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I'm trying to learn to solve differential equations. Currently in class we are discussing integration factors. Here is one of the problems on the homework -

$$(3xe^y+2y)dx + (x^2e^y+x)dy=0\tag{1}$$

We can quickly see that if we take $\frac{\partial}{\partial y}$ of the left term and $\frac{\partial}{\partial x}$ of the right term and we see that they are not equal, so we need an integrating factor.

An integrating factor of $x$ gets us a bit farther:

$$(3x^2e^y+2xy)dx + (x^3e^y+x^2)dy=0\tag{2}$$

And now when we take $\frac{\partial}{\partial y}$ of the left term and $\frac{\partial}{\partial x}$ of the right term , the two are equal.

From here, I think we would integrate the left term with respect to $x$ and right term with respect to $y$ as follows -

$$\int {(3x^2e^y+2xy)dx} + \int (x^3e^y+x^2)dy = 0 \tag{3}$$ $$2x^3e^y+2x^2y+C=0\tag{4}$$ $$x^3e^y+x^2y=C\tag{5}$$

Am I thinking about this the right way?

Also, in $(5)$, is it fine to move the Constant to the right and absorb the common coefficient of 2 into it to simplify the expression? $(5)$ is the answer in the book and (4) was my answer. Either I have done something wrong, or I am confused in regard to what may be combined into the constant $C$.

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    $\begingroup$ Here you have some examples with exercices and full solutions. You may find it helpful tutorial.math.lamar.edu/Classes/DE/Exact.aspx $\endgroup$ – Isham Nov 15 '18 at 8:09
  • $\begingroup$ Just for your curiosity, there is an analytical expression of $y(x)$ in terms of Lambert function. $\endgroup$ – Claude Leibovici Nov 15 '18 at 8:21
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$$(3xe^y+2y)dx + (x^2e^y+x)dy=0\tag{1}$$ multiply by X as integrating factor as you wrote $$(3x^2e^y+2yx)dx + (x^3e^y+x^2)dy=0$$ Rearrange terms $$(3x^2e^ydx+x^3e^ydy)+(2yxdx + x^2dy)=0$$ $$d(x^3e^y)+d(x^2y)=0$$ After integration $$x^3e^y+x^2y=K$$ For the constant yes it absorbs the factor 2 and you can have it on the other side. Your result is correct but I wouldn't write the integrals you wrote... $$2x^3e^y+2x^2y+C=0$$ $$\implies x^3e^y+x^2y=-\frac C 2$$ Substitute $$K=-\frac C2 \implies x^3e^y+x^2y=K$$ K is just a constant.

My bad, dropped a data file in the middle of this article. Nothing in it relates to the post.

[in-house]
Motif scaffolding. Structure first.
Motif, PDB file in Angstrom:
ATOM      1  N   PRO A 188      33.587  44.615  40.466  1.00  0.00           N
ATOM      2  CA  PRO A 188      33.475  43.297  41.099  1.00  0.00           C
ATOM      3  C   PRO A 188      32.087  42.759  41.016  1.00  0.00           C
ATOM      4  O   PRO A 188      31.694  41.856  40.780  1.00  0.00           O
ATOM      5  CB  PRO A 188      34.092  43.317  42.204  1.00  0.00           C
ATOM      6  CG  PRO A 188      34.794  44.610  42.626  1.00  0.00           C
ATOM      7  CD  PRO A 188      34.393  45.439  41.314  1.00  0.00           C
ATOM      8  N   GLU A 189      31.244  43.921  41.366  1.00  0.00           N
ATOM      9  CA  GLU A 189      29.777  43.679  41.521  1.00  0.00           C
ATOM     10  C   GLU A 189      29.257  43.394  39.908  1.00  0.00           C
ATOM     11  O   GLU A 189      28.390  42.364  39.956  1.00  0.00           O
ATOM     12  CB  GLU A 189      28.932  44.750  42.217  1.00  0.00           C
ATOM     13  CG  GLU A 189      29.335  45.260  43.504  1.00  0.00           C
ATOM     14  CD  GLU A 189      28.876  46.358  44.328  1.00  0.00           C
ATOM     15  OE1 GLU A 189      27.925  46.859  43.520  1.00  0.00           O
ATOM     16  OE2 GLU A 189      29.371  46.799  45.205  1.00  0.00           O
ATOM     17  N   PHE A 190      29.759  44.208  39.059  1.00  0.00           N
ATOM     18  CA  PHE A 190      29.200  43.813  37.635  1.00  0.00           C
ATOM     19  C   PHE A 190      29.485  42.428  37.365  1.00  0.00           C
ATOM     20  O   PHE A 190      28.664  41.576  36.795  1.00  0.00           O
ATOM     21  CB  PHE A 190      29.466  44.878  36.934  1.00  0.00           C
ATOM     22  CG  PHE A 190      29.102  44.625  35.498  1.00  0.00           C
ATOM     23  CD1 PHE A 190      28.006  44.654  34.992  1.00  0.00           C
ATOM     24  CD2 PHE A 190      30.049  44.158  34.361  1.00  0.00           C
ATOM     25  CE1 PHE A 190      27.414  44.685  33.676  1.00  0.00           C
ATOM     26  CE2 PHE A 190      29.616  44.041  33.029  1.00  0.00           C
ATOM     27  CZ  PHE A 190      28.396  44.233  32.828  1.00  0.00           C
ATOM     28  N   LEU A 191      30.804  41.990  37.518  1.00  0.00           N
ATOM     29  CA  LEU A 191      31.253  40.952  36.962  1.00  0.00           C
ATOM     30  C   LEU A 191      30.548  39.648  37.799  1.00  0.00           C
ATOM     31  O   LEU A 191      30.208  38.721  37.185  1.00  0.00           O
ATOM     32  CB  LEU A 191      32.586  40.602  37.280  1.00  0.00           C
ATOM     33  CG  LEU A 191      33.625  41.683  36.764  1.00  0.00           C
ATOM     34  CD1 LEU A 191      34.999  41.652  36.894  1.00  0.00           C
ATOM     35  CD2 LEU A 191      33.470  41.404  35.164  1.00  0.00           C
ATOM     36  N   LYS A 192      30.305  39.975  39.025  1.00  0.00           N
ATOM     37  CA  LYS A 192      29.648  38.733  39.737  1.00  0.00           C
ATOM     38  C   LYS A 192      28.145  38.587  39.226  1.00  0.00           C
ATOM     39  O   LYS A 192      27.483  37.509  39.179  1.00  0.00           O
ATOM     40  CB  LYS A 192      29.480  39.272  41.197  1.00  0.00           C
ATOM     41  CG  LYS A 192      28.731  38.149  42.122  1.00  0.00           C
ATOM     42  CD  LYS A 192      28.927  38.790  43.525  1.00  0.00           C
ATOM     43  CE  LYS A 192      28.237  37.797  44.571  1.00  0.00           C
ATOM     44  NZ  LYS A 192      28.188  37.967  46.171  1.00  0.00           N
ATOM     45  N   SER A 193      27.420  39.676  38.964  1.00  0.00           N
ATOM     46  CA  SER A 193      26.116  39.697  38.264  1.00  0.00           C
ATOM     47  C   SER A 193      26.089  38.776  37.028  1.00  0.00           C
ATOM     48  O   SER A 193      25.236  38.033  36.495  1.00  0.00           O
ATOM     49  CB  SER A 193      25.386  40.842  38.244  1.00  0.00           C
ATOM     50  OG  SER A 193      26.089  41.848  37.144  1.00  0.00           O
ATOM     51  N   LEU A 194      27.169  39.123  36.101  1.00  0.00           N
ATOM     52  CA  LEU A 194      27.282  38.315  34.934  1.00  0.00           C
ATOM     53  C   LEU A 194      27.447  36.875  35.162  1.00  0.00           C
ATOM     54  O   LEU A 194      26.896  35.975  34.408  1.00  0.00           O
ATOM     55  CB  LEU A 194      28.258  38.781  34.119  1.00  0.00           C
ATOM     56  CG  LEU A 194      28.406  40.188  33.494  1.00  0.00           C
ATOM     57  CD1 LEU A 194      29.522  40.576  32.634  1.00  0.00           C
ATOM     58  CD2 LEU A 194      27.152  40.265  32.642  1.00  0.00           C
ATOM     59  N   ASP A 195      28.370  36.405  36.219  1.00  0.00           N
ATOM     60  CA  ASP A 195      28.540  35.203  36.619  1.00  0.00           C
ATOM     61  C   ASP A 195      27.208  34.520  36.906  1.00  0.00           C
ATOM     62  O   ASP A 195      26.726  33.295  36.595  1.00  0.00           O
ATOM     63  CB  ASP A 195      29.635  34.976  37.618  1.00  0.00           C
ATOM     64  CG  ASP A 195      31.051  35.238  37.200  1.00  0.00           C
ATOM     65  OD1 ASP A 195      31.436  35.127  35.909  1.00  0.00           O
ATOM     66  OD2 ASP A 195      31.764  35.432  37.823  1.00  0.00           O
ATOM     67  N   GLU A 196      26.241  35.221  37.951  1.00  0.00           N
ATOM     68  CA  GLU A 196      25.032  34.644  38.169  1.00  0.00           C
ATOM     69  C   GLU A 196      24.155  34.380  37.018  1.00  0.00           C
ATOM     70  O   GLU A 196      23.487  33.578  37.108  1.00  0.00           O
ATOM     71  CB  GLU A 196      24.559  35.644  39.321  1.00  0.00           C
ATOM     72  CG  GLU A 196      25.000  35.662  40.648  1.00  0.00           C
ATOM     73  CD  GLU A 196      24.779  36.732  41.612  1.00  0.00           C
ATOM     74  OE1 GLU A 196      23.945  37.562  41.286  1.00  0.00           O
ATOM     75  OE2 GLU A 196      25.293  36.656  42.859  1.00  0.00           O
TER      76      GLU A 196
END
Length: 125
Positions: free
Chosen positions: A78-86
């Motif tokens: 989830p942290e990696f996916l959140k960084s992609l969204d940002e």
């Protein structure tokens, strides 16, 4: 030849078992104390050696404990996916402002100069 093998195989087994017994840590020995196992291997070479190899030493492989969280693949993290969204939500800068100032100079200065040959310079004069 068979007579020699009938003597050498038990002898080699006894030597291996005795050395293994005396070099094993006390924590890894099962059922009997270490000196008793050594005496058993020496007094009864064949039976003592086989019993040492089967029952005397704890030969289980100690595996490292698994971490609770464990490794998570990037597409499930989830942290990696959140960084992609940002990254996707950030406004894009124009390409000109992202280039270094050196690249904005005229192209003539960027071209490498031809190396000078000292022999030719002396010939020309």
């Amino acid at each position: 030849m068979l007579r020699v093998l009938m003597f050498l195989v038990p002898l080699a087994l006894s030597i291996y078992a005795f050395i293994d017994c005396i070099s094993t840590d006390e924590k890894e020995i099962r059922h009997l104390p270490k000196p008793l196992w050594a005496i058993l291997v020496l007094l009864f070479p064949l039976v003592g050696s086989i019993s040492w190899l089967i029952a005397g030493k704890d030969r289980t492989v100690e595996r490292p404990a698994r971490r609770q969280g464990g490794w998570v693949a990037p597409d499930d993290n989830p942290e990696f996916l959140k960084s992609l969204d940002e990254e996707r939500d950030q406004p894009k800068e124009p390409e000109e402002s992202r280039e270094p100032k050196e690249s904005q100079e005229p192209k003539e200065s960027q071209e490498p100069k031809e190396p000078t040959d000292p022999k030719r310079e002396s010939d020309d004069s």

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  • $\begingroup$ Thank you, this is helpful. Could you expand on why you wouldn't write the integrals that I wrote? $\endgroup$ – blueether Nov 15 '18 at 7:49
  • $\begingroup$ I used to write them separeately not in an single equation..@blueether How can you justify the step from equation 2 to 3 ?? But if the teacher allows you to do that ...thats it $\endgroup$ – Isham Nov 15 '18 at 7:57
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    $\begingroup$ Ah, I see. I've been away from the math for a decade or so and trying to get back into it. I was figuring, since the equation is equal to zero I could move one of the terms to the other side, then integrate both sides with respect to x on the left and y on the right (I simply didn't bother moving anything around). I appreciate your feedback, being an adult and back in school I am far less interested in what the teacher allows and would rather learn to do things the proper way. Style is certainly important. $\endgroup$ – blueether Nov 15 '18 at 8:02
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    $\begingroup$ Well you did a good job except for that step 2 to 3...@blueether note that when you integrate a function of two variable with respect to one variable then the constant of integration is a function of the other variable..For the constant as you can see you made ,no mistake and your answer is the same as that of your book Call the constant C or K these are just names thats all $\endgroup$ – Isham Nov 15 '18 at 8:04

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